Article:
Archive for May, 2011

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Tangled (2010)

May 31, 2011

Starring: Mandy Moore, Zachary Levi, Donna Murphy
Director: Nathan Greno, Byron Howard (Bolt)

Quick Thoughts: Disney goes back to its fairy tale roots with great success. Tangled tells the story of Rapunzel, a princess that was stolen at birth by an old woman because of her magical hair that had the power to keep the old woman looking young. Locked away in a tower through her teenage years, Rapunzel finally seeks adventure when fugitive Flynn Ryder inadvertently seeks escape in her isolated home. Tangled is a perfect addition to the Disney archives, combining innovative animation with good storytelling. 3D and CG technology are used to breath life into characters that resemble the more traditional hand drawn models of Disney’s past. The story and characters are strong and humorous, with Ryder’s noble horse providing the most laughs throughout the film, a remarkable feat for a non-speaking character. The songs in the movie are solid and Mandy Moore is enjoyable in the lead role. I wouldn’t list Tangled amongst Disney’s all-time best work, but it’s close between this and Bolt for Disney’s best animated, non-Pixar feature film of the past decade.

Viewings: 1
Replay Value: Lots of value here for kids and families.
Sequel Potential: Disney likes to make direct-to-video sequels, but the conclusion of the film doesn’t leave much left to explore with these characters.
Oscar Potential: Nominated for Best Original Song and possibly snubbed for Best Animated Feature (I haven’t seen The Illusionist yet).
Nudity: N/A
Grade: 6.5/10 (Recommended)
RottenTomatoes Scores: Critics: 89% Audience: 88%
IMDB Rating: 7.9/10
Recommendation: A solid, but unspectacular Disney movie that is great for kids and enjoyable for adults.

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Little Fockers (2010)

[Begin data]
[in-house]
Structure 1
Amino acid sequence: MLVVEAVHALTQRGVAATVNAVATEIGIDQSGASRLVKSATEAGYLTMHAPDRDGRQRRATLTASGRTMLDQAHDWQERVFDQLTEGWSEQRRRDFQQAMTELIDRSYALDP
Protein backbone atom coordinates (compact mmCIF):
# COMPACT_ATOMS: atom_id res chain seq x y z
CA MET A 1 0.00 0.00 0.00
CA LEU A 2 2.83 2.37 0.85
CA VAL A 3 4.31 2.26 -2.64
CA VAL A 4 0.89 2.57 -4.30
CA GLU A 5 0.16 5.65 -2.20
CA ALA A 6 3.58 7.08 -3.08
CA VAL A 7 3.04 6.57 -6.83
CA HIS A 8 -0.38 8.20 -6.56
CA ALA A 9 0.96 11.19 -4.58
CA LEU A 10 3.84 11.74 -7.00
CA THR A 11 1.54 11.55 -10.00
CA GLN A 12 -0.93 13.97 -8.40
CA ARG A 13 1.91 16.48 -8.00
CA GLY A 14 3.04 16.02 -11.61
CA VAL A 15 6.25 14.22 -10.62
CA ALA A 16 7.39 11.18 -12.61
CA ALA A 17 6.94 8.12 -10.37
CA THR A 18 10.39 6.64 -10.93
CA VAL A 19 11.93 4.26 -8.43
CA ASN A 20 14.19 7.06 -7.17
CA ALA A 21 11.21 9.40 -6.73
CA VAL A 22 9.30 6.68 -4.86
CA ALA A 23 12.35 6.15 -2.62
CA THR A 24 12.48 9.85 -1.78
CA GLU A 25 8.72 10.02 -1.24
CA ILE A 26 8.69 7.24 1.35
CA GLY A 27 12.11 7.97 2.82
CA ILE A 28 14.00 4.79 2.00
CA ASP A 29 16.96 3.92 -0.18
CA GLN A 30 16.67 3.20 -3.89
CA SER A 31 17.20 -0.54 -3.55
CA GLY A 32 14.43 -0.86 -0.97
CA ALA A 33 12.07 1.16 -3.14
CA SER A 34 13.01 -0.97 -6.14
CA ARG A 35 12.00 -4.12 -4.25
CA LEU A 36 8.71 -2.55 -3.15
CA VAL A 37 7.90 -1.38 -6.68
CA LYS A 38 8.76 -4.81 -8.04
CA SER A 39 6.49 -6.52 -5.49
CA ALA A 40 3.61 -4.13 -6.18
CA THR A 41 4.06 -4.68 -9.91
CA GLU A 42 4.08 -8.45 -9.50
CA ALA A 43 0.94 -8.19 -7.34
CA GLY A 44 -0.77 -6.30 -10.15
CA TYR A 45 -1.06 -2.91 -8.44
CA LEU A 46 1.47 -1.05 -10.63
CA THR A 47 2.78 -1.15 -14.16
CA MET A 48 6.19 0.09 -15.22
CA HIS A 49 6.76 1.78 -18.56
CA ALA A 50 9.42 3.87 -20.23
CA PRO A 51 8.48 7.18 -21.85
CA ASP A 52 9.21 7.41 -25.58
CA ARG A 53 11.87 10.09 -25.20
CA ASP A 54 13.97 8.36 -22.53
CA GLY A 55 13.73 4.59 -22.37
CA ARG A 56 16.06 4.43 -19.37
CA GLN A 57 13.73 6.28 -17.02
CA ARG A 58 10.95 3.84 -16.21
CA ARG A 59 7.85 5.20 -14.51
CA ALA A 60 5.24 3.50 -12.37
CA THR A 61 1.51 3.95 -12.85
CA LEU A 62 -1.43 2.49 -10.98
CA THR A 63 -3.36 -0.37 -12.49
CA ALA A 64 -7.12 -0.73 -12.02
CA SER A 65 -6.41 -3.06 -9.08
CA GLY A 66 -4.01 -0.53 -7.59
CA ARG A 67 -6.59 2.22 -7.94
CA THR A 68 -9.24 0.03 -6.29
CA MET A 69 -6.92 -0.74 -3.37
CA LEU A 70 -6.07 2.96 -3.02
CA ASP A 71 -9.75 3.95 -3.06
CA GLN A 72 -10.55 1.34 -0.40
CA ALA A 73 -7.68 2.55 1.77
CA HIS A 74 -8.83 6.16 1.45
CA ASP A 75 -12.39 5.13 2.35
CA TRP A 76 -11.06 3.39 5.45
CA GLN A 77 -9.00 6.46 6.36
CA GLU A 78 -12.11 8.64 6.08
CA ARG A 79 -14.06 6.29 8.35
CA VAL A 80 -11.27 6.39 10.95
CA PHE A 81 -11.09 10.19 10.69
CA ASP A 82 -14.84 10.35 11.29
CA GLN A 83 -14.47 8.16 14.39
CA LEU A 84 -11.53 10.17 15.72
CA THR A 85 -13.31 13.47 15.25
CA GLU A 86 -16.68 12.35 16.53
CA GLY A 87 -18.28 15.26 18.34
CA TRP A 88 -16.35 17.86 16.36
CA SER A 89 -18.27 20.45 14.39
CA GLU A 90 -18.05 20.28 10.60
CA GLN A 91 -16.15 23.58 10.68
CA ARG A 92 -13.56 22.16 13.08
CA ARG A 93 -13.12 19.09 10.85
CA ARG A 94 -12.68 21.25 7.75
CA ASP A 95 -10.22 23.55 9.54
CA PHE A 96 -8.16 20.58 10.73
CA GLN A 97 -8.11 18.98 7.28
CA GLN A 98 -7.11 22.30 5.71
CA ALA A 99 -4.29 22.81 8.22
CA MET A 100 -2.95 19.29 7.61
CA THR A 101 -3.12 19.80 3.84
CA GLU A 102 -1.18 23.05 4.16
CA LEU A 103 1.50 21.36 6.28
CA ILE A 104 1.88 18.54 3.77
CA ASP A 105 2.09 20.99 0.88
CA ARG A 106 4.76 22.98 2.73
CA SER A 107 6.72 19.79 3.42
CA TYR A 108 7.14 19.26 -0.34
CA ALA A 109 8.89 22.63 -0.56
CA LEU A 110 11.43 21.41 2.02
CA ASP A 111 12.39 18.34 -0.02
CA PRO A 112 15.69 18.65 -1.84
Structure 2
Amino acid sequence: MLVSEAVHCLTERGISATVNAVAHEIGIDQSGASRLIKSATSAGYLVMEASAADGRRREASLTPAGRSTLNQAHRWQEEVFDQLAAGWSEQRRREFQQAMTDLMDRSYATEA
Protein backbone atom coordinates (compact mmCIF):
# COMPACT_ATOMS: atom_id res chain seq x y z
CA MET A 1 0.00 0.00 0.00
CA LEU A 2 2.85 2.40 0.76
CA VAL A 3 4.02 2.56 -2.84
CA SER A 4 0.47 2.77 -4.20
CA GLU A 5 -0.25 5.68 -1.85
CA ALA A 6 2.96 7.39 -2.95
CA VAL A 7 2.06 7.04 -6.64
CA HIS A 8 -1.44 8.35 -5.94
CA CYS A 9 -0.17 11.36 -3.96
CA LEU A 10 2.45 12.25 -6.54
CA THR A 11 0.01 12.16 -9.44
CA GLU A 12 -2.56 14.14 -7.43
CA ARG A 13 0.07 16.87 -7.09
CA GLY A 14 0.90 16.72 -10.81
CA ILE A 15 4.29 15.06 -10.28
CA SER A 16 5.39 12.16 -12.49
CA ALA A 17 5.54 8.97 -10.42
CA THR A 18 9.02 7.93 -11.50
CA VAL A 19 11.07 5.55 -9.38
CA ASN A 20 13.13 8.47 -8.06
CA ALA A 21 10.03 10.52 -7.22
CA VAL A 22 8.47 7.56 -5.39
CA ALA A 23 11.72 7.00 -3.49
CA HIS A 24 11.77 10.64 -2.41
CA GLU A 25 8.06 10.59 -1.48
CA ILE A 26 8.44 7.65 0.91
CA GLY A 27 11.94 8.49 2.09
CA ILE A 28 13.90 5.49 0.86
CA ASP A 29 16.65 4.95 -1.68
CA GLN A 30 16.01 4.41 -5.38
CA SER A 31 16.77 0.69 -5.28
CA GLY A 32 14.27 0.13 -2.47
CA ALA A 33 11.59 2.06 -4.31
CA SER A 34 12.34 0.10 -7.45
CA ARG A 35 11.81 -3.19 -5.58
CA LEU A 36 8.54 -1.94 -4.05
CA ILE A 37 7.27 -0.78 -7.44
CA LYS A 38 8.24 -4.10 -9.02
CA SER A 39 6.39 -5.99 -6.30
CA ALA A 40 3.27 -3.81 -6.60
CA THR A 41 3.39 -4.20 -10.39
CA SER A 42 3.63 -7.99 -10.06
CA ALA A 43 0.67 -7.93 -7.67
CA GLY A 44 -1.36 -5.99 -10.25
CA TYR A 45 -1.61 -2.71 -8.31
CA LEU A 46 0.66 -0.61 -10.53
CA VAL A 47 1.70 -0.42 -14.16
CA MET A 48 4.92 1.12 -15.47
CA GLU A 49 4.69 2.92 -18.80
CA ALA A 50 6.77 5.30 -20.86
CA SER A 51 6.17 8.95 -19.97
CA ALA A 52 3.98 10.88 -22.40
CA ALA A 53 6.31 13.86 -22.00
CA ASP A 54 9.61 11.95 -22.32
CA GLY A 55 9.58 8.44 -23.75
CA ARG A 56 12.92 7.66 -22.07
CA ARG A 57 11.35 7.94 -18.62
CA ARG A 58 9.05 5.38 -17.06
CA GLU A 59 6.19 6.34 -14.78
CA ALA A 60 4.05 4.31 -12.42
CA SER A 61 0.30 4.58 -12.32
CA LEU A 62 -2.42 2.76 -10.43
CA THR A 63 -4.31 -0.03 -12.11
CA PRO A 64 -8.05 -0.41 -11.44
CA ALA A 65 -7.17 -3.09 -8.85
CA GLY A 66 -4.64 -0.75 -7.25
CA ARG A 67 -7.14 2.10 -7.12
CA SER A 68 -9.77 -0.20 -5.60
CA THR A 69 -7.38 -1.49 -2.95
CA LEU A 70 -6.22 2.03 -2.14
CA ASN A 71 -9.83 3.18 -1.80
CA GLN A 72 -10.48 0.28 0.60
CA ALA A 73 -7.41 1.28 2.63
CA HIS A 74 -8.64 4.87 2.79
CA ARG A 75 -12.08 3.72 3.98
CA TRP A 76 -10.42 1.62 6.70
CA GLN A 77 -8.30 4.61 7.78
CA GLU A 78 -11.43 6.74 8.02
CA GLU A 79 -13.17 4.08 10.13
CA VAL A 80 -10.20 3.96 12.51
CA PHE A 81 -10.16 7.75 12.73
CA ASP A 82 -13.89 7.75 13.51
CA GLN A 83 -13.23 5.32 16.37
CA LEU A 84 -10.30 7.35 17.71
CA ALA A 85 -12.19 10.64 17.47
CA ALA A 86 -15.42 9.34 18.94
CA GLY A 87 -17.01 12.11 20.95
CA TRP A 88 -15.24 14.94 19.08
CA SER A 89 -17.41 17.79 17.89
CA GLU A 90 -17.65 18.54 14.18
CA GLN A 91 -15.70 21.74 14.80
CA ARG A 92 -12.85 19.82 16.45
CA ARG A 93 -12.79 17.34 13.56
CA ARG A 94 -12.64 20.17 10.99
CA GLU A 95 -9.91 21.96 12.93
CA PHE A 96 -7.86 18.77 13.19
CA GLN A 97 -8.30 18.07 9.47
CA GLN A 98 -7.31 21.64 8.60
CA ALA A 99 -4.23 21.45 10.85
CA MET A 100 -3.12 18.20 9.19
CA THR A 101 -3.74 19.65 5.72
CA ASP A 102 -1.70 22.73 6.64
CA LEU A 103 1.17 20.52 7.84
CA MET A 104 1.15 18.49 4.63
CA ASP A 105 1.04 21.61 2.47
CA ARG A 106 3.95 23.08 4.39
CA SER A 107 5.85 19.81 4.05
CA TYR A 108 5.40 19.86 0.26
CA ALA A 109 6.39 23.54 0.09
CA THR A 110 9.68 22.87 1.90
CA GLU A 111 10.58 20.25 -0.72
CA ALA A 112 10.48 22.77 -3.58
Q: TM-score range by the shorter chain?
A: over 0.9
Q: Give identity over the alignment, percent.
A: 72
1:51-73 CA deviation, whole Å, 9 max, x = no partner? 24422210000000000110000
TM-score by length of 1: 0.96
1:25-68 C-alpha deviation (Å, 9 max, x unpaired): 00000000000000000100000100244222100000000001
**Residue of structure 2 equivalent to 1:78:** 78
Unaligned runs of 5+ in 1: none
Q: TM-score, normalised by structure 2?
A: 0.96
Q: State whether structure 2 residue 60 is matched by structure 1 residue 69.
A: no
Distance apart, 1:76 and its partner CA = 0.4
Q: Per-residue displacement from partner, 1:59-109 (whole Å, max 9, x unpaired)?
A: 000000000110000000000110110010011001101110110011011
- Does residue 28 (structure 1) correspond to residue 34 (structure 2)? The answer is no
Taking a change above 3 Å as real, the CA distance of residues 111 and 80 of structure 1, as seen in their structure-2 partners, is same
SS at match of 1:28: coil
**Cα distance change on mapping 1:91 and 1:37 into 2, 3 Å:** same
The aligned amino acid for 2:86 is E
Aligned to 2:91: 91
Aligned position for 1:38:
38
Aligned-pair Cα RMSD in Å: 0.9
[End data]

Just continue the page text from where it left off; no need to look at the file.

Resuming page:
May 30, 2011

Starring: Ben Stiller, Robert De Nero, Teri Polo, Owen Wilson, Dustin Hoffman, Barbara Streissand, Blythe Danner, Jessica Alba
Director: Paul Weitz (About A Boy, American Pie)

Quick Thoughts: The first sequel was not only unnecessary, it was also forgettable. Little Fockers doesn’t suffer the same fate, but unfortunately that’s not for good reason as it will be remembered for being one of the worst comedies of the past decade. I’m not going to spend time talking about the absurd plot to this film–and why should I? It’s not like the filmmakers put any serious thought into the script themselves. Screenwriter John Hamburg is a frequent collaborator with star Ben Stiller, but it’s obvious that Hamburg is much more talented at coming up with original stories (Meet The Parents, I Love You, Man) than continuing previous ones. Little Fockers is star studded with several A-Listers, but the film is terrible and offers very few genuine laughs. I’d recommend for the cast to quit while they’re ahead, but it’s already too late for that and at this point all we can hope for is that Hollywood will put this franchise out of its misery before the sequels put such a powerful taint on the series that we forget how truly fantastic the original was.